In the church, the bride and the groom walk up the aisle together preceded by their groomsmen and bridesmaids. The parents and other guests are usually already seated when the couple enters the church. Whether the ceremony takes place in church or at a local magistrate, there must be two witnesses of the marriage, who sign the documents alongside of the bride and groom. During the religious ceremony, the traditional in the Western movies kiss basically does not exist. Civil ceremonies are less solemn and usually only the bride and groom, and the witnesses are allowed in the room, so whether they kiss or not, very much remains their private venture.

In Poland, weddings in the countryside are usually much bigger than weddings in the city. The reason for that is simple; in the countryside all people know each other, so most get invited to the wedding unless there is some conflict going on between the families. Thus, weddings in the country are longer and more extravagant because more people attend, and more guest return on the following day to celebrate, eat, drink, and dance some more.

A special moment on the first day of Polish wedding celebrations is when the Polish bride is taken the white veil off and an apron is wrapped around her waist. This symbolizes that she gives up her innocence and accepts her duties as a wife, a hostess, and a mother. Once this tradition is satisfied, the wedding guests give presents to the newlyweds. In most cases, those are congratulation card with money, but other useful household objects are also quite common.

 

African Wedding

There is something special about African weddings with celebrations from jumping the broom to tasting four elements. To make it memorable and happy, here are some traditions that you can include in your wedding to personalize it so that it pleases everyone with unique experiences.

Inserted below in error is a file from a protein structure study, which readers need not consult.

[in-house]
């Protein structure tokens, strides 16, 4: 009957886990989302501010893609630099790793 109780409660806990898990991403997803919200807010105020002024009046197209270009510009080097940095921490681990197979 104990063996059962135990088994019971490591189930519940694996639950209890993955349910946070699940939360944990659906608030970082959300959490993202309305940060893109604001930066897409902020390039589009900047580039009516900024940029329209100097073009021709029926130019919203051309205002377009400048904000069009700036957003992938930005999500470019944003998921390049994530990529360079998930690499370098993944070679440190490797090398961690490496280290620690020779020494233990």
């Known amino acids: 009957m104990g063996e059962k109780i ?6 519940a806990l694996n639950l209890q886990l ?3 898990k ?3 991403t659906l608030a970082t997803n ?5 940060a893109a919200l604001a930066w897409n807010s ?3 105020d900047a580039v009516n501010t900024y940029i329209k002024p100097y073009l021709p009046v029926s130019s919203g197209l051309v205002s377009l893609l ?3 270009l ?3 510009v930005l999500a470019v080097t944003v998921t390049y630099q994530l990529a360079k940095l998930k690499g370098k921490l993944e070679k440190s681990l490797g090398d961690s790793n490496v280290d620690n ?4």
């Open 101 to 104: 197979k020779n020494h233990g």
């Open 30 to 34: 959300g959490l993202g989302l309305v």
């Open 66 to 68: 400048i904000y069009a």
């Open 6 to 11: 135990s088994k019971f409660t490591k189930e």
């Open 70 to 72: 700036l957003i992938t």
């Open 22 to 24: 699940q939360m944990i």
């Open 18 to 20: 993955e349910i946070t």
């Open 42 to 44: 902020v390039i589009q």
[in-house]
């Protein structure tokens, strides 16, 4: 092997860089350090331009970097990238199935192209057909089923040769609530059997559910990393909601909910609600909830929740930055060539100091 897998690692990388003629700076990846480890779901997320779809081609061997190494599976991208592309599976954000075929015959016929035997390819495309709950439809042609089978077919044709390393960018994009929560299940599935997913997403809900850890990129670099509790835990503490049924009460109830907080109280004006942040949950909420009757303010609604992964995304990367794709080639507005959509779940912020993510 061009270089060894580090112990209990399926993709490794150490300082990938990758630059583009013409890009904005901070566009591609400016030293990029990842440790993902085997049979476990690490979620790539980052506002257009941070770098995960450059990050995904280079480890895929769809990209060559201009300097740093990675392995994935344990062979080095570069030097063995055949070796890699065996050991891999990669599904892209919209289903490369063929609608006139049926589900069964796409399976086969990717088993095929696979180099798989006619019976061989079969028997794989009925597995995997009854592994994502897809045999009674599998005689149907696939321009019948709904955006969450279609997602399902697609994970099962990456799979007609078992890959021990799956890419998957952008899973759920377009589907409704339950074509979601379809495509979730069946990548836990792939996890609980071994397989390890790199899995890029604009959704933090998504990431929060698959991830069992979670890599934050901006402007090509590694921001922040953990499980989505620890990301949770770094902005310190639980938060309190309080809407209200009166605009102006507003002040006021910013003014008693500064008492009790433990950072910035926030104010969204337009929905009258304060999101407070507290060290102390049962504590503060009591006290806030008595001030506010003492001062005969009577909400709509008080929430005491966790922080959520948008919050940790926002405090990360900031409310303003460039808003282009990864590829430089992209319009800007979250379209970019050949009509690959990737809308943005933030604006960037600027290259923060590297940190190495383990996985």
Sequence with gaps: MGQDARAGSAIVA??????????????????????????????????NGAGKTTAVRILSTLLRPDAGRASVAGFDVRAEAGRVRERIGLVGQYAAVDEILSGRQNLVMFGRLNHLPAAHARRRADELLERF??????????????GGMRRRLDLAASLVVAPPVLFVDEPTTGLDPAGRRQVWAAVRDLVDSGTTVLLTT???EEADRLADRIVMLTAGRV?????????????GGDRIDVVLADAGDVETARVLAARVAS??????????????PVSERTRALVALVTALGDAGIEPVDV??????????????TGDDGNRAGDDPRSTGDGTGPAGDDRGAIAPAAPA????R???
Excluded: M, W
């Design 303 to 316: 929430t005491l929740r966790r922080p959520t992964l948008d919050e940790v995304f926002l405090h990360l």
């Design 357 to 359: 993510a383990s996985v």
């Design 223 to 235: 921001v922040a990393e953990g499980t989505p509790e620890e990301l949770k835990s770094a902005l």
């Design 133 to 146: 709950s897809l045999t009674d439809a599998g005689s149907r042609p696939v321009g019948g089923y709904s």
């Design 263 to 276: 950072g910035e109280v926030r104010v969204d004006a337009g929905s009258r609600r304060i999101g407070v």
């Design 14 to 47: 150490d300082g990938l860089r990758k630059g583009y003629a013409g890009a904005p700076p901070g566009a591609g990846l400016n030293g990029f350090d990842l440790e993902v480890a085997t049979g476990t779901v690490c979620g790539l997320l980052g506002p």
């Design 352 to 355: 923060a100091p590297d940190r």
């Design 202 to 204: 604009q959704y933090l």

Jumping the Broom

This tradition reaches all the way back to slavery times. Today, this game consists of the bride and the groom jumping over a beautifully decorated handmade broom to publicly signify their commitment to one another. The newlyweds can hang the broom in their home as a reminder of their wedding day and commitment to one another.

Libation Ceremony

As a way to honour the elders in your families and to honour your ancestors, this ceremony has lots of meaning. To perform the Libation ceremony, use holy water or alcohol to pour on the ground in east, west, north and south respectively. Someone should be designated to learn and recite the prayers to say during the ceremony.

Kola Nuts

The Kola nut is given to the couple during an African wedding. With the nut symbolizing the happy couple and extended family, it means the couple is willing to help heal together as one. The Kola nut should be shared between the newlyweds and their parents.

Tying the Knot

With this ceremony, the bride and groom are tied around the wrists with a cloth or grass that has been braided for the ceremony. The braided grass symbolizes the unity of marriage. The ceremony is conducted while the wrists are tied.

Crossing Sticks

Use two tall wood sticks that represent life force among the trees and the couple will cross the sticks to represent the unity of their love and start their marriage on the right foot.

Knocking the Door

In this ceremony, the groom will knock on the door of his future in-laws and bring them gifts and requests permission to marry. This ceremony brings the families closer together.

Purple and Gold

Choosing these colours for your wedding colours not only adds fabulous and modern feeling, but it is also an African American wedding tradition because they represent royalty in many African cultures.

Feeding the Family

After the four elements tasting, it’s time to sit down and share a meal with the family. Joining the families is important in the African wedding ceremonies.

Ditching the Diamond

Because many diamonds have been mined in Africa, some brides choose to use a different stone as a symbol of their marriage instead. Ditching the diamond is becoming more popular today.

Kente Cloth

All brides want to have the Kente cloth as part of their wedding. This bright fabric is gold, green, and red in color and is made in Ghana. The groom’s vest can be made from this material or you may see it in the bridesmaid dresses.